Getting back into the routine of term-time, the holidays are now long behind us. At the time they yawned wide and frighteningly empty, a void demanding to be filled, especially with a young child to amuse. But what happens when the pressure to go out, to fill up with sights, to exhaust them (and ourselves!) is resisted?
We have had many lazy uneventful days this summer, muddling around at home, doing very little, growing bored and frustrated with each other, but it is on just such days that we were most productive, possessed at the end of such seemingly wasted hours by a genuine need to create- sometimes the most random objects!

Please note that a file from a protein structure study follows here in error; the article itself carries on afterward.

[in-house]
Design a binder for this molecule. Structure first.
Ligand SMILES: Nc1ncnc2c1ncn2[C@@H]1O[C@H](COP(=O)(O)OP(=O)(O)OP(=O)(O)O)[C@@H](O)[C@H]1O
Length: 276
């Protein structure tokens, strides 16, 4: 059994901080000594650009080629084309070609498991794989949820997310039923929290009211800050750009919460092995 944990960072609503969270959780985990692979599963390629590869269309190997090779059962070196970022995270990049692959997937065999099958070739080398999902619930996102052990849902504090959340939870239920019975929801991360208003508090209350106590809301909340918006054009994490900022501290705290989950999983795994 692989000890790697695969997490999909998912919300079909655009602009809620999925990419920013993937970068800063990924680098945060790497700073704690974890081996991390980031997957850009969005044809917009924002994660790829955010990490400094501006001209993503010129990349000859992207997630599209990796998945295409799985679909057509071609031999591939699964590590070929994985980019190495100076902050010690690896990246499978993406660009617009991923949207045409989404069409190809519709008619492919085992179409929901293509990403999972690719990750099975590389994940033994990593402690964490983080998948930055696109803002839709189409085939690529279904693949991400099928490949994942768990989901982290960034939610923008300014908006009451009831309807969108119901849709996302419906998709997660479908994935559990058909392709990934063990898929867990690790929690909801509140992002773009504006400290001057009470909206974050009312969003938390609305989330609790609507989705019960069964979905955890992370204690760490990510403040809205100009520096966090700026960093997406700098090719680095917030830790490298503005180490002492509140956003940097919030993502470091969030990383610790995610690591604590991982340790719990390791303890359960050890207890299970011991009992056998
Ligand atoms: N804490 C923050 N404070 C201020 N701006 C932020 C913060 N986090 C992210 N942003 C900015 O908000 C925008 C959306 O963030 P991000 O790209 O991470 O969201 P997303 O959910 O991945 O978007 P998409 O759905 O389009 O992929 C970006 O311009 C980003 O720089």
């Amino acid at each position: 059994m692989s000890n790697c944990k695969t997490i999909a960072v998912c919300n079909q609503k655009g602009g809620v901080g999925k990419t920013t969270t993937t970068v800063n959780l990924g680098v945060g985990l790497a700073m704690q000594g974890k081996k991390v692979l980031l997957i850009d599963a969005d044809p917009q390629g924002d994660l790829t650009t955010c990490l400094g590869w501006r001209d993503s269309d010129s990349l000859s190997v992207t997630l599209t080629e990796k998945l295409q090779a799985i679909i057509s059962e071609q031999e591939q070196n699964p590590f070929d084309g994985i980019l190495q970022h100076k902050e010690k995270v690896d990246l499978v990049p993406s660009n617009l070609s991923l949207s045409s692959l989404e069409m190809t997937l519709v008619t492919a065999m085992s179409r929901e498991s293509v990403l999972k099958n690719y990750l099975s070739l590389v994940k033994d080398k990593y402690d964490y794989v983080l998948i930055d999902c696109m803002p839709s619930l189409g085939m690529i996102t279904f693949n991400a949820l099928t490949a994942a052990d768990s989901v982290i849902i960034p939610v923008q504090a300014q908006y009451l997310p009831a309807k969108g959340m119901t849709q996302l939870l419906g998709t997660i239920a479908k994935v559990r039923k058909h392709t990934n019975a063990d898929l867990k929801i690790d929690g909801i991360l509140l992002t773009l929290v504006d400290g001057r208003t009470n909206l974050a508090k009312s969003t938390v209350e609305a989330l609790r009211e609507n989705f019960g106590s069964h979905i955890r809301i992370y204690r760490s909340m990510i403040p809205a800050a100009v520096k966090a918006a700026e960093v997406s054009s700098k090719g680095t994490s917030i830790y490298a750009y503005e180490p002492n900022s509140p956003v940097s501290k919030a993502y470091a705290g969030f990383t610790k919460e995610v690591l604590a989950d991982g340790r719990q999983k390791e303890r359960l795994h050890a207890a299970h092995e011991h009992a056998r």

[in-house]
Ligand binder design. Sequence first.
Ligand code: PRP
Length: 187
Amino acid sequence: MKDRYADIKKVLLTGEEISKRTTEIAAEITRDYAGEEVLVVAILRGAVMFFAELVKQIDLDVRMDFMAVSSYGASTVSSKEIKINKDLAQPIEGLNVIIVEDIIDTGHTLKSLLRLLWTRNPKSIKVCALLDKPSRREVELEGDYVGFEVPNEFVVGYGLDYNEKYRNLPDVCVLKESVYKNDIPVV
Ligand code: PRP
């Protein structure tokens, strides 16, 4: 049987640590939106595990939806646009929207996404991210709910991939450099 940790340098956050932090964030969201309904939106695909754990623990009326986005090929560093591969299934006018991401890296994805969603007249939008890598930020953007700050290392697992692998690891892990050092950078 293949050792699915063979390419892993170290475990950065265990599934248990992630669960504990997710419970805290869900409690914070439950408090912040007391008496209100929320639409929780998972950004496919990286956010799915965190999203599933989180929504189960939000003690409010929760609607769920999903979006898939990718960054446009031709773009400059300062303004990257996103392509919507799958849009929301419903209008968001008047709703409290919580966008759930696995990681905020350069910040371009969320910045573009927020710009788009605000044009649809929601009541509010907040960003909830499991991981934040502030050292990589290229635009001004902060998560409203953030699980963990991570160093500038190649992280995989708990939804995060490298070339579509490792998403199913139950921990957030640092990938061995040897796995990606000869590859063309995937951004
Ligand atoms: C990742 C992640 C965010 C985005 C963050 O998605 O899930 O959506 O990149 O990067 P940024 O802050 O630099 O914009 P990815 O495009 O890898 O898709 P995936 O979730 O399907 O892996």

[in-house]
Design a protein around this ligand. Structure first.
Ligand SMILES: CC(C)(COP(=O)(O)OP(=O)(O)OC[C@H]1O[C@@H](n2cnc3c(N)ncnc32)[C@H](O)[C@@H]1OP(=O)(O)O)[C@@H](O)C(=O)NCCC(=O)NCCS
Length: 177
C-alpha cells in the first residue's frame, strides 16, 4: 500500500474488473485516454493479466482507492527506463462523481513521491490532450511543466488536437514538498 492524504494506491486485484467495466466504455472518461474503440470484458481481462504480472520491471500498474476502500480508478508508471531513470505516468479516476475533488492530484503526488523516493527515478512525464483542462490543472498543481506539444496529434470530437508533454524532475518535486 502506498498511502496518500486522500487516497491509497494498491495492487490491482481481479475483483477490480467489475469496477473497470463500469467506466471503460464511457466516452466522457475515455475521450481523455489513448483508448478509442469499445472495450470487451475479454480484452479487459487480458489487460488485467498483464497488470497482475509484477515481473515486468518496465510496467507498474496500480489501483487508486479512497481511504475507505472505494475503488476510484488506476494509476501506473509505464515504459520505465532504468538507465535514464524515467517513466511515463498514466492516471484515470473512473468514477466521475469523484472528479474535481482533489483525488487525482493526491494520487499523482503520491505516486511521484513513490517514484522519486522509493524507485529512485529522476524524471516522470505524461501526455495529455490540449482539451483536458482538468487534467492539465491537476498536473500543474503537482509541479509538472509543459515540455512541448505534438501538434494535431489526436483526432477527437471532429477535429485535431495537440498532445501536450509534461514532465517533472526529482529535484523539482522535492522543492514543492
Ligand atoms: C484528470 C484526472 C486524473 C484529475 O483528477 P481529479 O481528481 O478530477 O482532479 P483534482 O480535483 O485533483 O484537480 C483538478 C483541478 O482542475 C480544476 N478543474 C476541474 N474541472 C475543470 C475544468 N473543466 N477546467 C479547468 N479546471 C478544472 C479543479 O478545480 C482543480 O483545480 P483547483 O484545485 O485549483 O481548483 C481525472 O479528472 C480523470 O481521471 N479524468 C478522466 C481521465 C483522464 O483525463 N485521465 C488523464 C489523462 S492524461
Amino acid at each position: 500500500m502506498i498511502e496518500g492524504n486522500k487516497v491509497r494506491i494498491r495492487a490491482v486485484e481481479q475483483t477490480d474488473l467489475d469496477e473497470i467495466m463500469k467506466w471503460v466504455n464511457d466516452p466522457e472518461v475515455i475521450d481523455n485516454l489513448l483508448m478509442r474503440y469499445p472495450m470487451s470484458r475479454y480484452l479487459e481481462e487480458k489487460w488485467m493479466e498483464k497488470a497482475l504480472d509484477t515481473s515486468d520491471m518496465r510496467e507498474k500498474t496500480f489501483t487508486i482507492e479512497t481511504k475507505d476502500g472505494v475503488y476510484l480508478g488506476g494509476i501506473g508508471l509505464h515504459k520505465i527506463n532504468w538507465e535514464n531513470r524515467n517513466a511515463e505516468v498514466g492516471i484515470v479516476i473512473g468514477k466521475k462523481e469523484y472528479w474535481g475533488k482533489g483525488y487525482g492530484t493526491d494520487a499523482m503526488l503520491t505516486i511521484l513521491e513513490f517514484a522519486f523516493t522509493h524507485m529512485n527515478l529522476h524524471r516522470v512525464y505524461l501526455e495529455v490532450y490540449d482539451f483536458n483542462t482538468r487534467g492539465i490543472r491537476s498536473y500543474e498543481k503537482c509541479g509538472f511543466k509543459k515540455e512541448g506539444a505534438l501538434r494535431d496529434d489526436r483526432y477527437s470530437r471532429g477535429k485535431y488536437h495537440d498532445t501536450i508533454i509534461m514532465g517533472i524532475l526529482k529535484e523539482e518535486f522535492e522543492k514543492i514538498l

In the banal crisis of boredom… is it not, indeed revealing, what the child’s boredom evokes in the adults? Heard as a demand, sometimes as accusation of failure or disappointment, it is rarely agreed to, simply acknowledged. How often… the child’s boredom is met by that most perplexing form of disapproval, the adult’s wish to distract him – as though the adults have decided that the child’s life must be, or seen to be, endlessly interesting. It is one of the most oppressive demands of adults that the child should be interested, rather than take time to find what interests him. Boredom is integral to the process of taking one’s time.
Adam Phillips ‘On Tickling, Kissing And Being Bored’